K-State Division of Biology

Undergraduate Information for Prospective Students

  • General Info
  • Application & Contacts
  • Degree Programs
  • Strengths
  • Scholarships, Awards & Opportunities
  • Careers Opportunities
General Information: Course List

Undergraduate Studies Office
Nancy Thompson & Dr. Kent Kerby work in the Biology Undergraduate Studies/Advising Office. These two dedicated individuals help undergraduate students schedule their course work and stay on track to accomplish their goals.

K-State Biology is Diverse

Approximately 665 undergraduate students are distributed among three majors, General Biology, Fisheries, Wildlife & Conservation Biology, and Microbiology. These students are taught and advised by 55 Division of Biology faculty.

In addition, we have a Biology Undergraduate Studies/Advising Office (103 Ackert) that is open all day on a "no appointments needed" basis.In recent years about 135 biological sciences majors have received bachelor’s degrees annually. About half of our graduates immediately pursue advanced educational opportunities distributed as: 43% to medical school; 32% to other professional health programs (e.g. dental, optometry, physical therapy, veterinary, etc.); 16% to graduate (M.S. & Ph.D.) programs; and about 9% into programs in business, education, engineering and law. The great majority of those who go directly from a bachelor’s degree into the job market find positions in an area requiring scientific expertise.

K-State Biology Prepares Students for Success

Over the past four years (‘03-‘07) about half of all KSU students accepted into medical, dental and optometry schools have had majors in the Division of Biology. Over the past four years 70 Division of Biology majors have been admitted to medical school, 21 to dental school, 27 to optometry school and 49 to vet school.

Division of Biology undergraduates fare exceedingly well in national scholarship competition. Since 1990 Division majors have received 22 Goldwater Scholarships (a prestigious national scholarship for students in science, mathematics and engineering). Other national scholarships received by Division majors since 1990 include 1 Rhodes, 2 Marshall, 3 Truman, 3 Udall, 2 Rotary International, 2 Phi Kappa Phi, 3 Howard Hughes Medical Institute Predoctoral, 3 Fulbright,2 USA Today, and 2 Gilman.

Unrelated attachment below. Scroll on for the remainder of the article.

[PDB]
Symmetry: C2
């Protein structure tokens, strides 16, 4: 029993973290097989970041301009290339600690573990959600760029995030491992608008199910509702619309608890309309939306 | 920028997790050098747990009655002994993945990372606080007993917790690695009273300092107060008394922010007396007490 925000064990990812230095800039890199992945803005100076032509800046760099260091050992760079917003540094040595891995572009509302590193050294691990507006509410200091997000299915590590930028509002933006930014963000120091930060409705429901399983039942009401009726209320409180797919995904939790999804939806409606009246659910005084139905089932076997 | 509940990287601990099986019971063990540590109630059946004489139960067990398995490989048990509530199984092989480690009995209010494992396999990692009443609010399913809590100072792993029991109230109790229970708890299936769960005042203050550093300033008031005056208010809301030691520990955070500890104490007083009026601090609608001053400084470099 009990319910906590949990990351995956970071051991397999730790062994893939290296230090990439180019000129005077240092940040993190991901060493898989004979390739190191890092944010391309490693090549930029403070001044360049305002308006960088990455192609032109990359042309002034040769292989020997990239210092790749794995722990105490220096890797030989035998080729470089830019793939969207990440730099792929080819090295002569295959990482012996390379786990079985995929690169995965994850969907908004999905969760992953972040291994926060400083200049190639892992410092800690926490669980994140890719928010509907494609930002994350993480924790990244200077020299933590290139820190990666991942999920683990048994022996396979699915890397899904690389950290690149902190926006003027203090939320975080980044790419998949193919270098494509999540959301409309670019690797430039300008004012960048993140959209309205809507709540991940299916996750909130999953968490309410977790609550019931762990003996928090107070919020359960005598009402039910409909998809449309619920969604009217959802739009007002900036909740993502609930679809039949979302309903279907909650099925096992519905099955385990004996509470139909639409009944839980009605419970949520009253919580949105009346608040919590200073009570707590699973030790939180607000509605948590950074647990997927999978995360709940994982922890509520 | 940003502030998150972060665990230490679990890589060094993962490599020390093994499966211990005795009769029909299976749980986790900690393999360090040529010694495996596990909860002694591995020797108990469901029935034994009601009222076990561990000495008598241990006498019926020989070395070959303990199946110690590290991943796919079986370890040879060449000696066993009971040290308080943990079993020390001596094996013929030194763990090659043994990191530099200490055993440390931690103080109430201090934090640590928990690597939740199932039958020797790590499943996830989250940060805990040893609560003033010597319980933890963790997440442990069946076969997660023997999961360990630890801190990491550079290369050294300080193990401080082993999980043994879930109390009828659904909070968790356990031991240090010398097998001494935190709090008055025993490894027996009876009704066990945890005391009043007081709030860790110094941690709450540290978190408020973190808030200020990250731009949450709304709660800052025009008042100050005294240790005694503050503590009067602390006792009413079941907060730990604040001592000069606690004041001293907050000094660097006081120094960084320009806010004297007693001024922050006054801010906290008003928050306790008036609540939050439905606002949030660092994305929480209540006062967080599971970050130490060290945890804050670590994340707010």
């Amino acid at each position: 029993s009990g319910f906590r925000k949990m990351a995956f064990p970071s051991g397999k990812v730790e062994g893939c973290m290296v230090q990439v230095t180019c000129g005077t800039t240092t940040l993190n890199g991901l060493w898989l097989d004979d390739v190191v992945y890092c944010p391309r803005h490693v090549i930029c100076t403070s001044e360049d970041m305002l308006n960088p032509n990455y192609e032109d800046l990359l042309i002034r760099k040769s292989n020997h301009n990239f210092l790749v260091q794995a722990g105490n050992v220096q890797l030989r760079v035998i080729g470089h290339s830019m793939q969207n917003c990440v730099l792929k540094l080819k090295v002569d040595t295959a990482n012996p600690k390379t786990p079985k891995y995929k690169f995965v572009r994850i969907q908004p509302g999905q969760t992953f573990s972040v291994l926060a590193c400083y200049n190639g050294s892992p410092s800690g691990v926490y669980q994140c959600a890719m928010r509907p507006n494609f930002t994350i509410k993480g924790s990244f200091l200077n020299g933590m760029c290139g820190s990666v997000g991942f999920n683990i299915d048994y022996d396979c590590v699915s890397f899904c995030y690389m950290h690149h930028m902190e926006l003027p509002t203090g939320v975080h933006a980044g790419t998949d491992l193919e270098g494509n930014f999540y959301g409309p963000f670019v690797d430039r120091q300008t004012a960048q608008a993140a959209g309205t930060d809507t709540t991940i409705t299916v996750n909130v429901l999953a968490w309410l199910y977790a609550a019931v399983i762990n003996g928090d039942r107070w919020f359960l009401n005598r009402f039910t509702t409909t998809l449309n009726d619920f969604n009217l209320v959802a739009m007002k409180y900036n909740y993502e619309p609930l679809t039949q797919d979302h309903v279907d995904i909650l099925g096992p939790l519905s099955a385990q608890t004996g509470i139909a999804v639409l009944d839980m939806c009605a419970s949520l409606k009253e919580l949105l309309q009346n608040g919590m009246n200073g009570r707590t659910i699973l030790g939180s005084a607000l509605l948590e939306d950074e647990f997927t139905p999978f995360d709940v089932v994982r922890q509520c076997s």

We have excellent graduation rates. Forty percent of biological science graduates at KSU receive their bachelor’s degree within four years of high school graduation and 75% have their bachelor’s within five years of high school graduation. About 40 percent of our seniors have a 3.5 or better KSU grade point average and almost 70 percent have a 3.0 or better GPA.

Brett Sandercock, professor in Avain Ecology, studies species on Konza Prairie with Wildlife Biology Students


Outstanding Faculty for Academics and Research

Among the 55 Division of Biology faculty members are many specialists in all areas of biology, from microbes to mammals and from molecules to ecosystems. All of these faculty are involved in teaching an array of 85 courses, 60 of which are available to undergraduates and most maintain active research programs. The faculty obtain an average of $10,000,000 annually in competitive grants to maintain those research programs.

Jenna Kenndey